about this blog

This blog tracks the ongoing changes of my garden, and the wildlife I try to attract to it. It's a nature blog. It contains my thoughts and musings about anything and everything to do with nature - gardening, book reviews, philosophy, travel, science, history, art, design, politics.
Catmint is my signature plant because it has all the qualities I value in a plant: resilience, beauty and the capacity to spread prolifically . Unfortunately it's not indigenous. If I was starting again I'd probably choose an indigenous plant.

Saturday, 26 September 2015

harp and garden

Who knew that the Royal Botanic Garden in Melbourne had a resident musician, let alone a harpist? I only found out recently. Michael Johnson's job is to compose music inspired by the Garden, and give performances in the Garden.

Michael had the privilege of living in the Garden for two years. In the performance I went to, he told the audience how during this period he would regularly get up at dawn, go down to a spot near the Lake and play his harp. Every day a black swan would waddle up, settle down next to him, put its head under its wing and go to sleep as he played. This went on for about a year.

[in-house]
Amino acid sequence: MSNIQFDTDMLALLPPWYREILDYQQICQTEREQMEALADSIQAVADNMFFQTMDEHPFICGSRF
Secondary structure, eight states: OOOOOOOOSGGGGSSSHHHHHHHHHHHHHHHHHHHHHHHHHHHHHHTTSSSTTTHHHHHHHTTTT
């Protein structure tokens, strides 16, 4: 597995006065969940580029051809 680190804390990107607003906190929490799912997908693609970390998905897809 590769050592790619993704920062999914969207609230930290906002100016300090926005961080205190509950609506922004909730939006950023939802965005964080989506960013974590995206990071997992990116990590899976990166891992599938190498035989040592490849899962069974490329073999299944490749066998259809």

Then one day the swan didn't appear. Michael was upset. He wandered if the swan had been taken by one of the foxes that hunted in the gardens at night. After a few weeks, the swan re-appeared - accompanied by his mate and baby cygnets! The entire swan family sat down next to him, tucked their heads under their wings and went to sleep as he played. Inspired by this, he wrote a piece of music and named it Swan.

I couldn't find a video of Swan, but here is a video of Michael playing a piece called Forest.

Sunday, 13 September 2015

DIY garden design

Here are some ideas about garden design based on my experiences over decades of continual and ongoing planting, unplanting and replanting.